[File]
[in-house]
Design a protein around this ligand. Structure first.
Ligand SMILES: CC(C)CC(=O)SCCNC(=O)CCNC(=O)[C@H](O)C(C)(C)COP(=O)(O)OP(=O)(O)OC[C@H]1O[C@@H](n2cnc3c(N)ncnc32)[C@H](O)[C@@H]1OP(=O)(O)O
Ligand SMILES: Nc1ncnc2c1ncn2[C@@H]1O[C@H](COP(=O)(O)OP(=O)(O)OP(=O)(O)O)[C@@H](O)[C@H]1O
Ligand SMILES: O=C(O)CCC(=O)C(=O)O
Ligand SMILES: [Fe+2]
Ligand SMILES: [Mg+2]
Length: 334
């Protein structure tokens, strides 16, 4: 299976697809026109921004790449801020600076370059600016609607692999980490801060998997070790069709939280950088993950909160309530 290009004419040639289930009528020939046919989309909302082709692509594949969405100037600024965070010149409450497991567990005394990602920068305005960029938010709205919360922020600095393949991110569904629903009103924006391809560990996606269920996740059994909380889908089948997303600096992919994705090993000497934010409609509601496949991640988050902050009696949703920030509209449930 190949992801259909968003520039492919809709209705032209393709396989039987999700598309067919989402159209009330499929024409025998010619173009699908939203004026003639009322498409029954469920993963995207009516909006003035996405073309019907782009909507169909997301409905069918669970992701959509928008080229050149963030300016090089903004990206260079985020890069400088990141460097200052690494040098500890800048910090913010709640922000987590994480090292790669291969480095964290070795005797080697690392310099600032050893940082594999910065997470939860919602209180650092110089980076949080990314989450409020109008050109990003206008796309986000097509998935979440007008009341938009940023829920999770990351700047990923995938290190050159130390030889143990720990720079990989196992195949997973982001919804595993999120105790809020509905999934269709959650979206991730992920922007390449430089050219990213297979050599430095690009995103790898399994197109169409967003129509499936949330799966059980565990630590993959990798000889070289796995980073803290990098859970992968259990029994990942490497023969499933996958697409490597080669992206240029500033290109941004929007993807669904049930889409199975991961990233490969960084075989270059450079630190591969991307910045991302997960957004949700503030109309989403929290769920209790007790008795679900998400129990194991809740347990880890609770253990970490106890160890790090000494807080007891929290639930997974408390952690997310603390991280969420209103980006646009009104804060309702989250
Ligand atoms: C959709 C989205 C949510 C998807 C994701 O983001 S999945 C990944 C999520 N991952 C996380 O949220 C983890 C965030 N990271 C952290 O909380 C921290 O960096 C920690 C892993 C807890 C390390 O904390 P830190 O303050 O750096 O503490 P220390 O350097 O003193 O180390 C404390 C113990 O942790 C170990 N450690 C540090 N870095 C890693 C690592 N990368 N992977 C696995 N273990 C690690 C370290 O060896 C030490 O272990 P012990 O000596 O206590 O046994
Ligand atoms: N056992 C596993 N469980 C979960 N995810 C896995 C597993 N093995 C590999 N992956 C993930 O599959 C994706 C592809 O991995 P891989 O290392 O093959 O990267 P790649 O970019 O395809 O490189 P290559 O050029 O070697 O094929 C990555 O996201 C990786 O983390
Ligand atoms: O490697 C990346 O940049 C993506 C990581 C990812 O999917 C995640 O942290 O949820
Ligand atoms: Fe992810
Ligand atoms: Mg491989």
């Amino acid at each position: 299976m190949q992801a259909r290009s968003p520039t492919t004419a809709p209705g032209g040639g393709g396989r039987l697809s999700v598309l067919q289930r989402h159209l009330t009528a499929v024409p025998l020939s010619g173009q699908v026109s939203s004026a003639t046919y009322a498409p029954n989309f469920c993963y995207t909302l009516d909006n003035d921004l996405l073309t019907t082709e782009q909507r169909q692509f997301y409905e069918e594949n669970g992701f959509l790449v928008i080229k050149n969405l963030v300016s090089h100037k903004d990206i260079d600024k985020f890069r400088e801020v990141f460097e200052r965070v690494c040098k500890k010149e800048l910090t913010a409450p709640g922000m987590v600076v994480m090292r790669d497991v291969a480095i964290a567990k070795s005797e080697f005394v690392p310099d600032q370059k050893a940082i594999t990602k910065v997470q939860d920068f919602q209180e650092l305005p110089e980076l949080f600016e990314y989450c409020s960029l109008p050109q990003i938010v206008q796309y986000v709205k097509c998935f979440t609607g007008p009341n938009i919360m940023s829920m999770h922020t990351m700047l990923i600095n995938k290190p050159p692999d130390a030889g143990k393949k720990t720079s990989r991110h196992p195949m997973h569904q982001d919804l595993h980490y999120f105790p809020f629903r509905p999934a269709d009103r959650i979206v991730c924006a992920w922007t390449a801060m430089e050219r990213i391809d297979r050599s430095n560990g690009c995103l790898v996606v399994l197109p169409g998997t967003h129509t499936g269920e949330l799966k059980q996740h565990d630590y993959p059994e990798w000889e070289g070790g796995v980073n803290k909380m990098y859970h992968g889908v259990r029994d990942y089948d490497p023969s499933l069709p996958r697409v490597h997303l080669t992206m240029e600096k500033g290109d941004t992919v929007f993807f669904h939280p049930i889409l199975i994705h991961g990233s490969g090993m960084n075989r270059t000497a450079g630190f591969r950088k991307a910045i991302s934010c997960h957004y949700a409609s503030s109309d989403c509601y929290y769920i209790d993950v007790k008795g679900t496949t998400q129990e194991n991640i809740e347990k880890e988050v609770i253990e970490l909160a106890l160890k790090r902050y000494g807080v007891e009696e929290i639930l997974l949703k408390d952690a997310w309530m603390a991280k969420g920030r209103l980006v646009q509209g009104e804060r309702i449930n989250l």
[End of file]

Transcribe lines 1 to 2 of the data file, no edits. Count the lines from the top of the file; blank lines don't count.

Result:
[in-house]
Design a protein around this ligand. Structure first.